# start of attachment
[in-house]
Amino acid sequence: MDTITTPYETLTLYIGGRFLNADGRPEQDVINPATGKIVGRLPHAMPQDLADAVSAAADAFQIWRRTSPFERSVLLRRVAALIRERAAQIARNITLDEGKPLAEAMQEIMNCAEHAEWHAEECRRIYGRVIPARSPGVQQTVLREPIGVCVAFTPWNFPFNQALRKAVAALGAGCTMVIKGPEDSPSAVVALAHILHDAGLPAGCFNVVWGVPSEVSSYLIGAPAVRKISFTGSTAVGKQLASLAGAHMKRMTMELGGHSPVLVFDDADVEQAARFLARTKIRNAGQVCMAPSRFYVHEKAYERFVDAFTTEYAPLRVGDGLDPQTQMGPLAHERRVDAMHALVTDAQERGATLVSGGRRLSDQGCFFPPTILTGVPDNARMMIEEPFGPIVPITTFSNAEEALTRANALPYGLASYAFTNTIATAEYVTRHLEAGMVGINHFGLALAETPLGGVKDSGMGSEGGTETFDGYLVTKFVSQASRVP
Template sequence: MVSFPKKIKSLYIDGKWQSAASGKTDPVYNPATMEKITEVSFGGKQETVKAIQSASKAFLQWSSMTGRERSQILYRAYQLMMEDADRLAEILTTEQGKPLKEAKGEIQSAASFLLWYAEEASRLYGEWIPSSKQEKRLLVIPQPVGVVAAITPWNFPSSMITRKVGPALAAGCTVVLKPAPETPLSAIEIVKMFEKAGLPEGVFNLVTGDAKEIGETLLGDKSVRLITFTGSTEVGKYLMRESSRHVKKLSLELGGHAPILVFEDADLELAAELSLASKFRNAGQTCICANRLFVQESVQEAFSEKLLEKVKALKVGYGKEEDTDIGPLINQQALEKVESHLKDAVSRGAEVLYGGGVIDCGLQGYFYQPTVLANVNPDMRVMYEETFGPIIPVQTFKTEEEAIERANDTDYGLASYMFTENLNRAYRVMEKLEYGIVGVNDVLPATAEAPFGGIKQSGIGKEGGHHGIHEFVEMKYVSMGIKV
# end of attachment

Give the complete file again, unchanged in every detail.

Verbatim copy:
[in-house]
Amino acid sequence: MDTITTPYETLTLYIGGRFLNADGRPEQDVINPATGKIVGRLPHAMPQDLADAVSAAADAFQIWRRTSPFERSVLLRRVAALIRERAAQIARNITLDEGKPLAEAMQEIMNCAEHAEWHAEECRRIYGRVIPARSPGVQQTVLREPIGVCVAFTPWNFPFNQALRKAVAALGAGCTMVIKGPEDSPSAVVALAHILHDAGLPAGCFNVVWGVPSEVSSYLIGAPAVRKISFTGSTAVGKQLASLAGAHMKRMTMELGGHSPVLVFDDADVEQAARFLARTKIRNAGQVCMAPSRFYVHEKAYERFVDAFTTEYAPLRVGDGLDPQTQMGPLAHERRVDAMHALVTDAQERGATLVSGGRRLSDQGCFFPPTILTGVPDNARMMIEEPFGPIVPITTFSNAEEALTRANALPYGLASYAFTNTIATAEYVTRHLEAGMVGINHFGLALAETPLGGVKDSGMGSEGGTETFDGYLVTKFVSQASRVP
Template sequence: MVSFPKKIKSLYIDGKWQSAASGKTDPVYNPATMEKITEVSFGGKQETVKAIQSASKAFLQWSSMTGRERSQILYRAYQLMMEDADRLAEILTTEQGKPLKEAKGEIQSAASFLLWYAEEASRLYGEWIPSSKQEKRLLVIPQPVGVVAAITPWNFPSSMITRKVGPALAAGCTVVLKPAPETPLSAIEIVKMFEKAGLPEGVFNLVTGDAKEIGETLLGDKSVRLITFTGSTEVGKYLMRESSRHVKKLSLELGGHAPILVFEDADLELAAELSLASKFRNAGQTCICANRLFVQESVQEAFSEKLLEKVKALKVGYGKEEDTDIGPLINQQALEKVESHLKDAVSRGAEVLYGGGVIDCGLQGYFYQPTVLANVNPDMRVMYEETFGPIIPVQTFKTEEEAIERANDTDYGLASYMFTENLNRAYRVMEKLEYGIVGVNDVLPATAEAPFGGIKQSGIGKEGGHHGIHEFVEMKYVSMGIKV